Last post on Dec 09, 2013 at 4:52 PM
You are in the Honda Civic Hybrid
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Honda Civic, Hybrid Cars, Coupe, Sedan
#180 of 1535 Re: Honda Civic Hybrid IMA Problem [shonda3]
Nov 30, 2009 (6:28 pm)
If I climb a mountain in my Insight, I am likely to drain my battery before reaching the top. Does that mean that my car becomes a "menace" because it has no more assist?
According to fueleconomy.gov, the 2006 gets slightly better mpg than the 2003-2005 models. The 2006 is 93 HP while the gen1 cars are 85 HP (and the gen1 insights are 68 HP but weigh less).
If I can get 63 highway out of an HCH with an adjusted (new calculations) EPA rating of 38/45, why were you only getting 46 mpg out of a car that is now rated at 40/45? I even managed 53 in local traffic (20 mile loop on local streets in New York City).
I won't dispute the fact that your mileage has probably dropped significantly now that the battery is recal-ing, but that is because the car is applying a charge to the battery almost constantly. It does this to test it to determine the SOC (State of Charge). You cannot determine the amount of charge or capacity of NiMH batteries by measuring the voltage. You must add or remove charge and monitor how it reacts as you do so. That testing is a constant 4 bar regen which sucks out 5-10mpg.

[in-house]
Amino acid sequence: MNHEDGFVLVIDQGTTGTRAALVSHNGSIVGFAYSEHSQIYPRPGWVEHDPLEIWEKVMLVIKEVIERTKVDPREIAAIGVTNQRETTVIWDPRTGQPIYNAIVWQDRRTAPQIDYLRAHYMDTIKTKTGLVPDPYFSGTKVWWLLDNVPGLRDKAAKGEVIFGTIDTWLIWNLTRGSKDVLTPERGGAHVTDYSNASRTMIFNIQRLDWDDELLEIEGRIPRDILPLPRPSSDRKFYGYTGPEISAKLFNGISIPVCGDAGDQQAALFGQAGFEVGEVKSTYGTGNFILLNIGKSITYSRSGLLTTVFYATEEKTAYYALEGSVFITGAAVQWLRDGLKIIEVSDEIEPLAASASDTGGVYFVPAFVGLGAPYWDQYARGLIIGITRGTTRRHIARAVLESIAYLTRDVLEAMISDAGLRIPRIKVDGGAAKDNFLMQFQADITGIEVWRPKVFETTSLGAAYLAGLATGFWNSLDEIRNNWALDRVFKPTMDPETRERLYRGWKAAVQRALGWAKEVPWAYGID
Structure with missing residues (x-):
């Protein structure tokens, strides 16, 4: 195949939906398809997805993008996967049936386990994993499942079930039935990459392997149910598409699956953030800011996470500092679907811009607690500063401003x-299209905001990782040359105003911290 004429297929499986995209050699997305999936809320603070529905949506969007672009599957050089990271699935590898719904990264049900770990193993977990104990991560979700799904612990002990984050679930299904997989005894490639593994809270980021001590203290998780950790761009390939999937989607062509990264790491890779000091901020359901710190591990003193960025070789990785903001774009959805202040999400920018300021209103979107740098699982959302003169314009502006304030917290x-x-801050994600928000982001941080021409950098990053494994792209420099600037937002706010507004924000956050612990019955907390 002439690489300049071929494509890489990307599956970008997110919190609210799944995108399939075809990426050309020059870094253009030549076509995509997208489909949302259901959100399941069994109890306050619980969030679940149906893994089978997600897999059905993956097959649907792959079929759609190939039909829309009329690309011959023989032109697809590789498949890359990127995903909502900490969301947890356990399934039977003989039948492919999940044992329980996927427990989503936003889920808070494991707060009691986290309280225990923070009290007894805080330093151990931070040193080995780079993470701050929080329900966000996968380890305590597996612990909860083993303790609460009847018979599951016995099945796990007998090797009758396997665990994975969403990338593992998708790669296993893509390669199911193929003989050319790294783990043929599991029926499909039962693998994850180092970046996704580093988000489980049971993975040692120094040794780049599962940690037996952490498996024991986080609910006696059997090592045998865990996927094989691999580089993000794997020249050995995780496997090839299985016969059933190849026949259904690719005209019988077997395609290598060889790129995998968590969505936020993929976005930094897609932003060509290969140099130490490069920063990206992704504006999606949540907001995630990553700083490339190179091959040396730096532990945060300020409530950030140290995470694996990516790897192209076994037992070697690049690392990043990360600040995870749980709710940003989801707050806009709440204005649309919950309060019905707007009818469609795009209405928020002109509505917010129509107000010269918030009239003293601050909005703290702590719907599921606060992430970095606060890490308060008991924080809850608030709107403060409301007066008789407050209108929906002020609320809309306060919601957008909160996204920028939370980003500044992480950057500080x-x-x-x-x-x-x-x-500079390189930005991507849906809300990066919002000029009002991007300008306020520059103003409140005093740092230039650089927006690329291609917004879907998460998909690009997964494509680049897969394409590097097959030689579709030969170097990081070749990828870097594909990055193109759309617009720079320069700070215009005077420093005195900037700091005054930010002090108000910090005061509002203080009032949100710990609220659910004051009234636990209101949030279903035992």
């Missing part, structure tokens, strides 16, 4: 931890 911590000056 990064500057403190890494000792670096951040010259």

I'm not disputing the fact that your battery is 95% likely to be failing right now. I was only telling you why Honda won't swap it out until it dies: because of that 5%, and because it has not yet failed. It costs them about $2000 plus labor to replace a battery and if 5% of them don't need it, they save an average of $100 per car. Also, people who rarely or sporadically drive their cars tend to have much shorter battery lifespans, so if they changed it right away, they might have to change it three times under warranty vs maybe only twice if they wait until it actually fails. I spoke to a gentleman today with a 2000 Insight with 30,000 miles on it whose second battery has died. What he didn't know until I told him was that he had one month left on his 10 year warranty (Insights have 10/150,000 warranties). He only drives the car occasionally, so he'll need another battery in 2-3 years.
In case you think that what your cars are doing are isolated incidents, look back here and on the insight central board and you'll see the exact same behavior from the gen1 Insights and Civics. The only difference is that your car is a few years newer, so they had these problems a few years before you did. (And gen1 Priuses have battery problems as well.)